Further to that, Article VI of the GPA acknowledges the fundamental right and duty of the Zimbabwean people to make a constitution by themselves and for themselves; and to make the constitution inclusive, democratically owned and driven by the people.
The same article provides that the new constitution needs to deepen the national democratic values and principles of equality of all citizens particularly the enhancement of full citizenship and the equality of women.
Below are excerpts from Article VI (Constitution) of the GPA, which reads in part:
Acknowledging that it is the fundamental right and duty of the Zimbabwean people to make a constitution by themselves and for themselves;
Aware that the process of making this constitution must be owned and driven by the people and must be inclusive and democratic;
Recognising that the current constitution of Zimbabwe made at Lancaster House Conference, London (1979) was primarily to transfer power from the colonial authority to the people of Zimbabwe;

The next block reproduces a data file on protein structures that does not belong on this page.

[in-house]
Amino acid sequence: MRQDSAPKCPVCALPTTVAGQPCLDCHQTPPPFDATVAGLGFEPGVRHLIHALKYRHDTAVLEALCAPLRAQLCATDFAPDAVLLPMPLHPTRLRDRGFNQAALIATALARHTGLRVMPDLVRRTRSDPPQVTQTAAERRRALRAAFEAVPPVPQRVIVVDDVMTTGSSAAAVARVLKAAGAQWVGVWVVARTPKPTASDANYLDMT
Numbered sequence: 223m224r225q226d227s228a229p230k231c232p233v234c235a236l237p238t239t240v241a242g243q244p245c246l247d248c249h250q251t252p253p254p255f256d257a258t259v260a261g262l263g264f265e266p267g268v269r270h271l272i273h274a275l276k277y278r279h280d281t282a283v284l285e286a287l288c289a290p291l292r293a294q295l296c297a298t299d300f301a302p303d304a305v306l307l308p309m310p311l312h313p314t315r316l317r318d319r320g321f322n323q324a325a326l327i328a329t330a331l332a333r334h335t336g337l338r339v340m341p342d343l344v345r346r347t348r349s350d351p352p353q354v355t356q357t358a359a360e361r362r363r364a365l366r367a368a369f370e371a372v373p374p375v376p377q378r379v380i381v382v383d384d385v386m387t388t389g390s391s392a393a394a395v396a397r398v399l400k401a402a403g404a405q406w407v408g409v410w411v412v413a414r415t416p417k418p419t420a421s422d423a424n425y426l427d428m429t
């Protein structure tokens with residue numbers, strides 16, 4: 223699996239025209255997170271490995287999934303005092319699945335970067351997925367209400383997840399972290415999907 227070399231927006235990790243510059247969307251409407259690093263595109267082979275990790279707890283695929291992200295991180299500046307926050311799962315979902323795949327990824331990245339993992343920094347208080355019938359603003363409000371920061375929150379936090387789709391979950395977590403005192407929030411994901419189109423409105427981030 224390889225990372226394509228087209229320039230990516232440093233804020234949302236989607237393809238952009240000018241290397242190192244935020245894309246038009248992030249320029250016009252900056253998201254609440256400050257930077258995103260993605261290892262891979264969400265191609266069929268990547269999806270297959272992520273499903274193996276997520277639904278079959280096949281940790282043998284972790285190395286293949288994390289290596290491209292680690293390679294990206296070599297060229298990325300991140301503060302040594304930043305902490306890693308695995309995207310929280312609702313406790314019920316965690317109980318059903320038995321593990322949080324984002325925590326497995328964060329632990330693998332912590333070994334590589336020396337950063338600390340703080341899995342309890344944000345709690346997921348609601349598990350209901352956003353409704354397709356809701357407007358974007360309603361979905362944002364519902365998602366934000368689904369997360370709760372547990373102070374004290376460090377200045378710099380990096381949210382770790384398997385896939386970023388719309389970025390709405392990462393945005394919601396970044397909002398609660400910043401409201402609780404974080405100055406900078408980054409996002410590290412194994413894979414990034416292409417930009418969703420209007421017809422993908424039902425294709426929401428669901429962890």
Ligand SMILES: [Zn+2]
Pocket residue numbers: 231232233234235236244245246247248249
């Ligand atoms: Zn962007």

Acknowledging the draft constitution that the parties signed and agreed to in Kariba on the 30th of September 2007;
Determined to create conditions for our people to write a constitution for themselves;
And mindful of the need to ensure that the new constitution deepens our democratic values and principles and the protection of the equality of all citizens, particularly the enhancement of full citizenship and equality of women.
More importantly Article XI of the GPA bestows special duty to and recognises political parties as critical role players in the constitution making process.